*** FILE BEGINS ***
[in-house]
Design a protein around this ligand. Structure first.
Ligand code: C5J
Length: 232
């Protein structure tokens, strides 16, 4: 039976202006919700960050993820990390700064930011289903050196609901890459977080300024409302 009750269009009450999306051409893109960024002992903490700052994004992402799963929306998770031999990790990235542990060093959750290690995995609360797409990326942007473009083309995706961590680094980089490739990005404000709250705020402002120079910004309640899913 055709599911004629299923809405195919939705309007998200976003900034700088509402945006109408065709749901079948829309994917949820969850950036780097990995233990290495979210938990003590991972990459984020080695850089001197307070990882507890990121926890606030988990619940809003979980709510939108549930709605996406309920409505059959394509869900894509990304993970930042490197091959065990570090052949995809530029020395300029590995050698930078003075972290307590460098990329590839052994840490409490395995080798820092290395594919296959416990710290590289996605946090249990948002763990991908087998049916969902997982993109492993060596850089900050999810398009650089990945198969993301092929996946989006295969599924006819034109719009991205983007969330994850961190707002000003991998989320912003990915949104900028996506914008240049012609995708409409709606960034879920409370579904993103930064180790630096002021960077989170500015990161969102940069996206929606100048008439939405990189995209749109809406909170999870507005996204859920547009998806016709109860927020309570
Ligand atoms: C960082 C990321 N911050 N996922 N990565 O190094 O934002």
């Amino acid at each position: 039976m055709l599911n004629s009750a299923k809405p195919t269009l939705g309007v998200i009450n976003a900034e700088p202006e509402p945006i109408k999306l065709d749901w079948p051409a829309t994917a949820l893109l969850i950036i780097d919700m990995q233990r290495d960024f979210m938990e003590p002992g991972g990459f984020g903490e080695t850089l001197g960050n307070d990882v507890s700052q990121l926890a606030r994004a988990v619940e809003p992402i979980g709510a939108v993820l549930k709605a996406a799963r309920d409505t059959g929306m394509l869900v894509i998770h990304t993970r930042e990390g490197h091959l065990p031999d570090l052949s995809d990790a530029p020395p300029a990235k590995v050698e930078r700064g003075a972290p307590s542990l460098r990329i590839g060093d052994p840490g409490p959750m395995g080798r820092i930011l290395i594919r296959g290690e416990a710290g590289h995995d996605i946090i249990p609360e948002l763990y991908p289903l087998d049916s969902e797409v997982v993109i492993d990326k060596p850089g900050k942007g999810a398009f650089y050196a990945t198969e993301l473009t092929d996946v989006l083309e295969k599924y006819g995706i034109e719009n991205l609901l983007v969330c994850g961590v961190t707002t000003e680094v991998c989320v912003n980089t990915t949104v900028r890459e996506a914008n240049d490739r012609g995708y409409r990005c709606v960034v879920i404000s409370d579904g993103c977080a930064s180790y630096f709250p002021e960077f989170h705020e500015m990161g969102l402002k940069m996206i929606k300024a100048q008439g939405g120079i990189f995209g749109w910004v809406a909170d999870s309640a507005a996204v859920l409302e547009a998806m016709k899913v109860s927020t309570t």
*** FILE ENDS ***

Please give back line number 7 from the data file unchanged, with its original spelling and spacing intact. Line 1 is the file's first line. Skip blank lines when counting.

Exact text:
């Amino acid at each position: 039976m055709l599911n004629s009750a299923k809405p195919t269009l939705g309007v998200i009450n976003a900034e700088p202006e509402p945006i109408k999306l065709d749901w079948p051409a829309t994917a949820l893109l969850i950036i780097d919700m990995q233990r290495d960024f979210m938990e003590p002992g991972g990459f984020g903490e080695t850089l001197g960050n307070d990882v507890s700052q990121l926890a606030r994004a988990v619940e809003p992402i979980g709510a939108v993820l549930k709605a996406a799963r309920d409505t059959g929306m394509l869900v894509i998770h990304t993970r930042e990390g490197h091959l065990p031999d570090l052949s995809d990790a530029p020395p300029a990235k590995v050698e930078r700064g003075a972290p307590s542990l460098r990329i590839g060093d052994p840490g409490p959750m395995g080798r820092i930011l290395i594919r296959g290690e416990a710290g590289h995995d996605i946090i249990p609360e948002l763990y991908p289903l087998d049916s969902e797409v997982v993109i492993d990326k060596p850089g900050k942007g999810a398009f650089y050196a990945t198969e993301l473009t092929d996946v989006l083309e295969k599924y006819g995706i034109e719009n991205l609901l983007v969330c994850g961590v961190t707002t000003e680094v991998c989320v912003n980089t990915t949104v900028r890459e996506a914008n240049d490739r012609g995708y409409r990005c709606v960034v879920i404000s409370d579904g993103c977080a930064s180790y630096f709250p002021e960077f989170h705020e500015m990161g969102l402002k940069m996206i929606k300024a100048q008439g939405g120079i990189f995209g749109w910004v809406a909170d999870s309640a507005a996204v859920l409302e547009a998806m016709k899913v109860s927020t309570t």